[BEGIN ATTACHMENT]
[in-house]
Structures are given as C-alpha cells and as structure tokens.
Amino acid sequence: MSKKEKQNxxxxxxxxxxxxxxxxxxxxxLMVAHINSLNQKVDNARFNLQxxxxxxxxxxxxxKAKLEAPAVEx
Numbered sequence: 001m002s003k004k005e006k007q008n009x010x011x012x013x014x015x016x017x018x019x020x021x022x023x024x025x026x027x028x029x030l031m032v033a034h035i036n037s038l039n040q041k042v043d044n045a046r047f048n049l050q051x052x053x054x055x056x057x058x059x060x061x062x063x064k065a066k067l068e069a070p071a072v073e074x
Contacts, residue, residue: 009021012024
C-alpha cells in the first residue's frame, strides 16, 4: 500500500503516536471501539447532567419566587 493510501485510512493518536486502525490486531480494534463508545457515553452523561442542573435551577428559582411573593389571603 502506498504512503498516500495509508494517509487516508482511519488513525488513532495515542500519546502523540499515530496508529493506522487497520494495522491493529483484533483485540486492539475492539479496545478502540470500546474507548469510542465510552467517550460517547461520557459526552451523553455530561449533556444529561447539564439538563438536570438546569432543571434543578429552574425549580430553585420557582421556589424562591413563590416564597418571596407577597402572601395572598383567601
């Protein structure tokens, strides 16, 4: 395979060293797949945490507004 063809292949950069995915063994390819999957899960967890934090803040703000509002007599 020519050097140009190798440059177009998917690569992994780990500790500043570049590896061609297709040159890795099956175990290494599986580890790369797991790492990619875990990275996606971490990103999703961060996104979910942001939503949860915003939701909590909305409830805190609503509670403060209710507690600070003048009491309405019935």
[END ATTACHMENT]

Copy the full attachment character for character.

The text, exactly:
[in-house]
Structures are given as C-alpha cells and as structure tokens.
Amino acid sequence: MSKKEKQNxxxxxxxxxxxxxxxxxxxxxLMVAHINSLNQKVDNARFNLQxxxxxxxxxxxxxKAKLEAPAVEx
Numbered sequence: 001m002s003k004k005e006k007q008n009x010x011x012x013x014x015x016x017x018x019x020x021x022x023x024x025x026x027x028x029x030l031m032v033a034h035i036n037s038l039n040q041k042v043d044n045a046r047f048n049l050q051x052x053x054x055x056x057x058x059x060x061x062x063x064k065a066k067l068e069a070p071a072v073e074x
Contacts, residue, residue: 009021012024
C-alpha cells in the first residue's frame, strides 16, 4: 500500500503516536471501539447532567419566587 493510501485510512493518536486502525490486531480494534463508545457515553452523561442542573435551577428559582411573593389571603 502506498504512503498516500495509508494517509487516508482511519488513525488513532495515542500519546502523540499515530496508529493506522487497520494495522491493529483484533483485540486492539475492539479496545478502540470500546474507548469510542465510552467517550460517547461520557459526552451523553455530561449533556444529561447539564439538563438536570438546569432543571434543578429552574425549580430553585420557582421556589424562591413563590416564597418571596407577597402572601395572598383567601
């Protein structure tokens, strides 16, 4: 395979060293797949945490507004 063809292949950069995915063994390819999957899960967890934090803040703000509002007599 020519050097140009190798440059177009998917690569992994780990500790500043570049590896061609297709040159890795099956175990290494599986580890790369797991790492990619875990990275996606971490990103999703961060996104979910942001939503949860915003939701909590909305409830805190609503509670403060209710507690600070003048009491309405019935």